Ubisoft is officially announcing today that they've dropped always-on DRM. Granted, they actually stopped using the controversial protection system last year, but it's official as of today.
The French publisher swore off always-on DRM once and for all and promised that all future PC games will require only a single online activation after installing, without any activision limits or restrictions on how many computers it can be activated on.
Ubisoft's worldwide director for online games Stephanie Perlotti says this policy was actually enacted back in June of 2011, though the publisher has mostly kept quiet on the matter until now:
“We have listened to feedback, and since June last year our policy for all of PC games is that we only require a one-time online activation when you first install the game, and from then you are free to play the game offline.”
For clarification, Perlotti cited Assassin's Creed III as a prime example. If you're hoping to partake in some multiplayer or use any of the game's online services, then an internet connection is clearly required. However, if all you're looking for is some time alone with single-player, you're free to enjoy the game offline.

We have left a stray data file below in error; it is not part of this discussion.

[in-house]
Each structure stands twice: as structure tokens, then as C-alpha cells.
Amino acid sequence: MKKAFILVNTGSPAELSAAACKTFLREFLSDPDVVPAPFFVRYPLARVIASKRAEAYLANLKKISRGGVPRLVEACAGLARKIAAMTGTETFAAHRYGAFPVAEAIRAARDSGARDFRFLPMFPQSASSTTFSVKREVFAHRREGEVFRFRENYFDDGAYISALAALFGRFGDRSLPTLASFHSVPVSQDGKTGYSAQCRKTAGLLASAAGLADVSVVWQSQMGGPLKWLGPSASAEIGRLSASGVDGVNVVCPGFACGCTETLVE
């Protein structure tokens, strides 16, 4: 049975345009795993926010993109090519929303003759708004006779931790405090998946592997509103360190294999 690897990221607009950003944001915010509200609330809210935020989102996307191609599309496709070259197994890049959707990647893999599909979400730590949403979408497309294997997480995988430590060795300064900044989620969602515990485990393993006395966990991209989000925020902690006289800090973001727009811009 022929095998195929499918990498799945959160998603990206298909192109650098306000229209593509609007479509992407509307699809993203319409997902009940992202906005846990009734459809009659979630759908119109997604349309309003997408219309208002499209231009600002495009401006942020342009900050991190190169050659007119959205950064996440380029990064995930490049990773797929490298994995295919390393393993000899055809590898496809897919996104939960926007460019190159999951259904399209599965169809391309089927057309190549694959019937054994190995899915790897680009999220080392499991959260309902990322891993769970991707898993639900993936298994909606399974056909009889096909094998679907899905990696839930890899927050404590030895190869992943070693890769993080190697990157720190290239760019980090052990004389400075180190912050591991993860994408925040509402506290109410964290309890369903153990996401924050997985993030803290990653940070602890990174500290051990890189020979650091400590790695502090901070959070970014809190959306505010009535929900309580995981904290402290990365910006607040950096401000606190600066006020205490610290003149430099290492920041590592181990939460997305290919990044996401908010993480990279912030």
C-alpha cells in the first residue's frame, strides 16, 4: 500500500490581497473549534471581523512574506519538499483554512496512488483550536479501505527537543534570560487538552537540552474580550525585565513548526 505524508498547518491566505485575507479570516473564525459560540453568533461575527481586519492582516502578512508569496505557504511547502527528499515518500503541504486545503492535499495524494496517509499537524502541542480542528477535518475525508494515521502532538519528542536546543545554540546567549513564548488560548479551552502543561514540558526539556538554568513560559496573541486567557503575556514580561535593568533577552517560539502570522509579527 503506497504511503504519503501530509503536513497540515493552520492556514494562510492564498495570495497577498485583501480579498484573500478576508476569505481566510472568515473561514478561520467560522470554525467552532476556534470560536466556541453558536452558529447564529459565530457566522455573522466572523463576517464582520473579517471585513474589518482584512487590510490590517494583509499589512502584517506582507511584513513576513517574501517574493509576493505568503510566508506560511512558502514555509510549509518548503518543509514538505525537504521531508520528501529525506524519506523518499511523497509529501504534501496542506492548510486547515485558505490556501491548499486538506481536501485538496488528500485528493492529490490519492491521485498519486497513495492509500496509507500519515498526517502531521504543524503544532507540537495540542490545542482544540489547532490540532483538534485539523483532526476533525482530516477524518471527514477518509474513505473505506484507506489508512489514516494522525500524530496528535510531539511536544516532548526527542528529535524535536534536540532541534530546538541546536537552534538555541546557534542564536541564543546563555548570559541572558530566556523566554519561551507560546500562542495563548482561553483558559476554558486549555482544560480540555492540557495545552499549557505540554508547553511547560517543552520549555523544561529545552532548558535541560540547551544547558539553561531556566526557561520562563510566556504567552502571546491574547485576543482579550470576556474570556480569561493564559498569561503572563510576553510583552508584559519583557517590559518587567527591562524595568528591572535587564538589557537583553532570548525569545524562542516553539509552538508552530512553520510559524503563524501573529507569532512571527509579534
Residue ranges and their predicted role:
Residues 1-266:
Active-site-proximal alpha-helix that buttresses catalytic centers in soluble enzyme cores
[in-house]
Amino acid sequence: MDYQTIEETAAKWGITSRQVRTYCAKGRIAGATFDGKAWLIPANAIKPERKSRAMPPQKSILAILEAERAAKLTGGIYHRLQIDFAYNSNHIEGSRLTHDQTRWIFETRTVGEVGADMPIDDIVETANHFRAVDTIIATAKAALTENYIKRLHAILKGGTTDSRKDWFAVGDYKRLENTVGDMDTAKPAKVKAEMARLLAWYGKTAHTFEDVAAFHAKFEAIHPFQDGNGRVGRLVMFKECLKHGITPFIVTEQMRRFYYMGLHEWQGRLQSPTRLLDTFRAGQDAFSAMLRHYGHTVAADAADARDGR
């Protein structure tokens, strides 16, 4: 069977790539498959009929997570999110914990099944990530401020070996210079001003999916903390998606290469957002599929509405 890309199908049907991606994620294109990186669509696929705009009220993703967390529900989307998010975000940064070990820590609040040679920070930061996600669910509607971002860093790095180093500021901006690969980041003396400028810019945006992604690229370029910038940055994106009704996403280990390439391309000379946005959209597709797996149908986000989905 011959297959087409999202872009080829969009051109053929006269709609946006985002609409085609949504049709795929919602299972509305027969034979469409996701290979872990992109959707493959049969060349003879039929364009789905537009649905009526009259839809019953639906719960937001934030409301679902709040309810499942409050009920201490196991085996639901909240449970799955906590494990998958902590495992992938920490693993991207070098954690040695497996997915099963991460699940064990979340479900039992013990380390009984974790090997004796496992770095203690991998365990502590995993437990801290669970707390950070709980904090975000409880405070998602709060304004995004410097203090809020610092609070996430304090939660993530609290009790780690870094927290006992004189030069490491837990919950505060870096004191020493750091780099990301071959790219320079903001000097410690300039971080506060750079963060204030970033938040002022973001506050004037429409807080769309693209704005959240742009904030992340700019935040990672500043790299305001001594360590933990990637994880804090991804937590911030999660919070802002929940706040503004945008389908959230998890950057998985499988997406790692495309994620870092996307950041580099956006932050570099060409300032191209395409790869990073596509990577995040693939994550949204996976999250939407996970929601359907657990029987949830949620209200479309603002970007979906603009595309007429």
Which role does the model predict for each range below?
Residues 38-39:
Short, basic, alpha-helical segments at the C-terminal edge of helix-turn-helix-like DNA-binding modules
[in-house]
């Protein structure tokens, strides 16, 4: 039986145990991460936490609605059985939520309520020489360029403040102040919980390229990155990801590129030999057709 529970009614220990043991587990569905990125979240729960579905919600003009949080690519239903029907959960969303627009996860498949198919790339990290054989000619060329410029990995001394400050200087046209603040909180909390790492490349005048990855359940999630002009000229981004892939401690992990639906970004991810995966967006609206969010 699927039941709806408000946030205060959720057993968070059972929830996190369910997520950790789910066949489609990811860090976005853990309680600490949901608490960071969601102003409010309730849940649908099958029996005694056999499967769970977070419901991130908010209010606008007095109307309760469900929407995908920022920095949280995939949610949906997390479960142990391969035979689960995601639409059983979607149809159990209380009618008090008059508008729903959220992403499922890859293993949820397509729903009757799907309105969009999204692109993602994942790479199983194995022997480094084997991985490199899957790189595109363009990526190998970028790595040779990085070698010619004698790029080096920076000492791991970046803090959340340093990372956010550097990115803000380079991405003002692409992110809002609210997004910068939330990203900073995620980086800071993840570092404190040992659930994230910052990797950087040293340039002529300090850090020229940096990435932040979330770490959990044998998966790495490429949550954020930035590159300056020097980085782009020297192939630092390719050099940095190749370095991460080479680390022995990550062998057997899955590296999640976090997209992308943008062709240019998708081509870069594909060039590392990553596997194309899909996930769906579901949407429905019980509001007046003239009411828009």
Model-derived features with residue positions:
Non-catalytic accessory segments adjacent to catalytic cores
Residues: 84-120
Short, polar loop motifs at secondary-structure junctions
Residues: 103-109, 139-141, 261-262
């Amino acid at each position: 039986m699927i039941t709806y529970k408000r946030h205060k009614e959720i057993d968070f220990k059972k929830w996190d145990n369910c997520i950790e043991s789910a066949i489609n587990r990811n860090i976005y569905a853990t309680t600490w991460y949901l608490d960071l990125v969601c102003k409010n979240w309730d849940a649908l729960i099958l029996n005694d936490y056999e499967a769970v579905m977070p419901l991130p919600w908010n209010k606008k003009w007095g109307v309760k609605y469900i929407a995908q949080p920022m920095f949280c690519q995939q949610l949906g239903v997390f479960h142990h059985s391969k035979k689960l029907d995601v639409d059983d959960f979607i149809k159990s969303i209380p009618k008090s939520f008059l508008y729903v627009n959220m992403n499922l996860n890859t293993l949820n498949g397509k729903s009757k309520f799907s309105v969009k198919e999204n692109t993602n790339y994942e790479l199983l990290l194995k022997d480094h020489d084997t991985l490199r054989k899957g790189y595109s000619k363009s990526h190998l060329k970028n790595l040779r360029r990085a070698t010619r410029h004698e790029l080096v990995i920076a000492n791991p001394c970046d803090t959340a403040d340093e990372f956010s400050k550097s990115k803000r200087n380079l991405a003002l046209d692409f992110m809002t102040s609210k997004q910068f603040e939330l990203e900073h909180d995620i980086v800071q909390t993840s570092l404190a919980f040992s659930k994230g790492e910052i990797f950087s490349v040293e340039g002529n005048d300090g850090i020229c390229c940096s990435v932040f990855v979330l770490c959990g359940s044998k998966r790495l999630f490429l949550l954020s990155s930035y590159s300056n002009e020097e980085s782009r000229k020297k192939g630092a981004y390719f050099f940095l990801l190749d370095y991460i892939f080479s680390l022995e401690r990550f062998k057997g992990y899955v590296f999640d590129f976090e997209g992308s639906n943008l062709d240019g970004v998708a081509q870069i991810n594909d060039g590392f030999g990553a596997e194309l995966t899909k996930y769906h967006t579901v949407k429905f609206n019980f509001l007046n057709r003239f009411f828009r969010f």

“Whenever you want to reach any online service, multiplayer, you will have to be connected, and obviously for online games you will also need to be online to play. But if you want to enjoy Assassin’s Creed III single player, you will be able to do that without being connected. And you will be able to activate the game on as many machines as you want.”
In addition to dropping the controversial DRM system, Ubisoft is also aiming to decrease those infamous delays for their PC releases.
For those unaware, always-on DRM requires a constant internet connection in order to play a game, even if your game doesn't have any online components like multiplayer or you're sticking with single-player content. This means that if your connection were to drop for whatever reason, you'd no longer be able to play the game. Incredibly inconvenient and most definitely intrusive.